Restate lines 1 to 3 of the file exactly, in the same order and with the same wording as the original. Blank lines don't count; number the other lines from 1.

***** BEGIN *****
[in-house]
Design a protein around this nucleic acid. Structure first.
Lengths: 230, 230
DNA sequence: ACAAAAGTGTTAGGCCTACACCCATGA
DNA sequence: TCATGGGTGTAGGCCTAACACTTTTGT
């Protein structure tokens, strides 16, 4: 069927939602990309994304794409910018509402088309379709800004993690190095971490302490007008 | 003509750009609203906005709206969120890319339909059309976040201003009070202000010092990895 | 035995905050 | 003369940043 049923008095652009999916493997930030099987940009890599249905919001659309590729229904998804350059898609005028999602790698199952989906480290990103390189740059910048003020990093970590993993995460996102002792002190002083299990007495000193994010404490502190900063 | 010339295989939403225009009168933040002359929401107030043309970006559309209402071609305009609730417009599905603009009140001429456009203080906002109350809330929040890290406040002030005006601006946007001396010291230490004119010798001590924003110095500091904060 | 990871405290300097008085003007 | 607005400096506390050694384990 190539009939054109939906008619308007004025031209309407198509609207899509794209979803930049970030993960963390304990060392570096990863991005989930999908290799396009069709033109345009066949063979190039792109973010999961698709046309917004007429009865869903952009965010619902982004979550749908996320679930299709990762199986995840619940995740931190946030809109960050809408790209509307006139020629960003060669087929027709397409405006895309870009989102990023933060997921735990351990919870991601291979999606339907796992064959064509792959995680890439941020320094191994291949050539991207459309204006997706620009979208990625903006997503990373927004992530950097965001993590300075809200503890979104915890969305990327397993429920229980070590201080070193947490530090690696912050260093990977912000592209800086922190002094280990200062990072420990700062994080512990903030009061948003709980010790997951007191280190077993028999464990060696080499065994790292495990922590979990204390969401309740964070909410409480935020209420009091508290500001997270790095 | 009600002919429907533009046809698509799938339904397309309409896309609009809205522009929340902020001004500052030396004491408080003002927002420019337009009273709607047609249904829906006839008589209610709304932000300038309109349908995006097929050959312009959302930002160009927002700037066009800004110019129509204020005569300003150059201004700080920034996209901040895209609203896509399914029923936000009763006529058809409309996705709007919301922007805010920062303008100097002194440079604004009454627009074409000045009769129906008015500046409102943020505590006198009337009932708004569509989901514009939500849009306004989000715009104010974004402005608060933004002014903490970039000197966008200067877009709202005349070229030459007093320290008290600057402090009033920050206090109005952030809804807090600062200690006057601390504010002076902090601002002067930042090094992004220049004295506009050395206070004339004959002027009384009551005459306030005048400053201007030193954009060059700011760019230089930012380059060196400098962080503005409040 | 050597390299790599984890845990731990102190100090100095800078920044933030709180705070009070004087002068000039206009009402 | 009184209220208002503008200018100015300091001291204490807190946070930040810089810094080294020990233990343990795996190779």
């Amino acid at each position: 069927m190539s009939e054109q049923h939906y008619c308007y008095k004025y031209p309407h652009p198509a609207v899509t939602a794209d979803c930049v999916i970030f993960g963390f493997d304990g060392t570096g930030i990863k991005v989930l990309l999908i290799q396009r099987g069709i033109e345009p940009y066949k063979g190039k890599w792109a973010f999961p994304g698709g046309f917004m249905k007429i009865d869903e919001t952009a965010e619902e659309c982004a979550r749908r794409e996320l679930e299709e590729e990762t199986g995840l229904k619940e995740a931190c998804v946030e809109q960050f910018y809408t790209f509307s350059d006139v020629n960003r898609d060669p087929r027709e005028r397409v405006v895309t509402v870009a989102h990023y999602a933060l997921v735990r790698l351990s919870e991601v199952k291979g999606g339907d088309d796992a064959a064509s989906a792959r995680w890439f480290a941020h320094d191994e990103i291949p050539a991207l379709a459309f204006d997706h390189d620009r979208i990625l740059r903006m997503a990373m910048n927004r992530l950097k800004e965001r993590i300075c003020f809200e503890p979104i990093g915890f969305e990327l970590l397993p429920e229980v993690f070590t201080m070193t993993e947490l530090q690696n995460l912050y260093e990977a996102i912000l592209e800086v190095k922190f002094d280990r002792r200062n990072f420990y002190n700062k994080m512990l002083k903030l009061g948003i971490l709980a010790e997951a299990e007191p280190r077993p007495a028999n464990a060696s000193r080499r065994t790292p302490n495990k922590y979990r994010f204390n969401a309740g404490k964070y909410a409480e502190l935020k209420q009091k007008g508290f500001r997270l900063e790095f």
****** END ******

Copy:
[in-house]
Design a protein around this nucleic acid. Structure first.
Lengths: 230, 230